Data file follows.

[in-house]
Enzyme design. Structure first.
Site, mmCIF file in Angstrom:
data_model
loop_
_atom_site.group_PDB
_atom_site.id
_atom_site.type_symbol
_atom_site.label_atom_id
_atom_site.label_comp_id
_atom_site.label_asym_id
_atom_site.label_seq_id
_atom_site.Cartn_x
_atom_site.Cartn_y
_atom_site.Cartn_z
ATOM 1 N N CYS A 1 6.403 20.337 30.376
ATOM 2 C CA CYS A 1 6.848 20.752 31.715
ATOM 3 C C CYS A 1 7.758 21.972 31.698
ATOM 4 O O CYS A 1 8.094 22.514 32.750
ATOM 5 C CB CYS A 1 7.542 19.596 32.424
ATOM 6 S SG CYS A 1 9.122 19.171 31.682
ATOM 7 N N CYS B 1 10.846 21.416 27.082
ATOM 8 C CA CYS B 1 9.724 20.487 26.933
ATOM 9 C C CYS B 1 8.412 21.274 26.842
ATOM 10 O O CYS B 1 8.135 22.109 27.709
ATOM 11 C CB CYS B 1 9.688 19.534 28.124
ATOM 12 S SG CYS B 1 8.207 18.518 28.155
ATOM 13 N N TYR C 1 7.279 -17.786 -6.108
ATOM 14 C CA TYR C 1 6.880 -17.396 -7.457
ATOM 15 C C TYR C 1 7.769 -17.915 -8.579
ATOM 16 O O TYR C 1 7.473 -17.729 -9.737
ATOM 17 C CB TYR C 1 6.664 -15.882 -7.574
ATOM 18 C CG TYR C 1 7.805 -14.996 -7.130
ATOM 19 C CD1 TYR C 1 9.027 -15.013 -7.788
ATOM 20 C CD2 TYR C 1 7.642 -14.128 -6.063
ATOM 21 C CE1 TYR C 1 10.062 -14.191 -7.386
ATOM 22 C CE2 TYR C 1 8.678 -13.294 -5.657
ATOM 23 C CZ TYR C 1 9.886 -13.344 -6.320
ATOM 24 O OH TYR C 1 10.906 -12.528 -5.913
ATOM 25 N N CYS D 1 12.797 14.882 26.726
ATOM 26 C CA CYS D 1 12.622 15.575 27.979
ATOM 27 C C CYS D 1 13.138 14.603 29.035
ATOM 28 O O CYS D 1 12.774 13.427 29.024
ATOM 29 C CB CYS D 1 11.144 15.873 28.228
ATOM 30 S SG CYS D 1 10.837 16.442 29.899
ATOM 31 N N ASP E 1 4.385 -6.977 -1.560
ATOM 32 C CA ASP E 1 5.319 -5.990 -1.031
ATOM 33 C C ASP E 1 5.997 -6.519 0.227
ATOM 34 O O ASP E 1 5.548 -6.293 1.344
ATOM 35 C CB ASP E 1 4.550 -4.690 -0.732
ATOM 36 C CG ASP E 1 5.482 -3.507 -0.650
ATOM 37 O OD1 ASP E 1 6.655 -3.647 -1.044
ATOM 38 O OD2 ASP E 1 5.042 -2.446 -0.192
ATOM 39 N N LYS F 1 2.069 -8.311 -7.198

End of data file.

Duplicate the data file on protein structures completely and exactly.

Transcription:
[in-house]
Enzyme design. Structure first.
Site, mmCIF file in Angstrom:
data_model
loop_
_atom_site.group_PDB
_atom_site.id
_atom_site.type_symbol
_atom_site.label_atom_id
_atom_site.label_comp_id
_atom_site.label_asym_id
_atom_site.label_seq_id
_atom_site.Cartn_x
_atom_site.Cartn_y
_atom_site.Cartn_z
ATOM 1 N N CYS A 1 6.403 20.337 30.376
ATOM 2 C CA CYS A 1 6.848 20.752 31.715
ATOM 3 C C CYS A 1 7.758 21.972 31.698
ATOM 4 O O CYS A 1 8.094 22.514 32.750
ATOM 5 C CB CYS A 1 7.542 19.596 32.424
ATOM 6 S SG CYS A 1 9.122 19.171 31.682
ATOM 7 N N CYS B 1 10.846 21.416 27.082
ATOM 8 C CA CYS B 1 9.724 20.487 26.933
ATOM 9 C C CYS B 1 8.412 21.274 26.842
ATOM 10 O O CYS B 1 8.135 22.109 27.709
ATOM 11 C CB CYS B 1 9.688 19.534 28.124
ATOM 12 S SG CYS B 1 8.207 18.518 28.155
ATOM 13 N N TYR C 1 7.279 -17.786 -6.108
ATOM 14 C CA TYR C 1 6.880 -17.396 -7.457
ATOM 15 C C TYR C 1 7.769 -17.915 -8.579
ATOM 16 O O TYR C 1 7.473 -17.729 -9.737
ATOM 17 C CB TYR C 1 6.664 -15.882 -7.574
ATOM 18 C CG TYR C 1 7.805 -14.996 -7.130
ATOM 19 C CD1 TYR C 1 9.027 -15.013 -7.788
ATOM 20 C CD2 TYR C 1 7.642 -14.128 -6.063
ATOM 21 C CE1 TYR C 1 10.062 -14.191 -7.386
ATOM 22 C CE2 TYR C 1 8.678 -13.294 -5.657
ATOM 23 C CZ TYR C 1 9.886 -13.344 -6.320
ATOM 24 O OH TYR C 1 10.906 -12.528 -5.913
ATOM 25 N N CYS D 1 12.797 14.882 26.726
ATOM 26 C CA CYS D 1 12.622 15.575 27.979
ATOM 27 C C CYS D 1 13.138 14.603 29.035
ATOM 28 O O CYS D 1 12.774 13.427 29.024
ATOM 29 C CB CYS D 1 11.144 15.873 28.228
ATOM 30 S SG CYS D 1 10.837 16.442 29.899
ATOM 31 N N ASP E 1 4.385 -6.977 -1.560
ATOM 32 C CA ASP E 1 5.319 -5.990 -1.031
ATOM 33 C C ASP E 1 5.997 -6.519 0.227
ATOM 34 O O ASP E 1 5.548 -6.293 1.344
ATOM 35 C CB ASP E 1 4.550 -4.690 -0.732
ATOM 36 C CG ASP E 1 5.482 -3.507 -0.650
ATOM 37 O OD1 ASP E 1 6.655 -3.647 -1.044
ATOM 38 O OD2 ASP E 1 5.042 -2.446 -0.192
ATOM 39 N N LYS F 1 2.069 -8.311 -7.198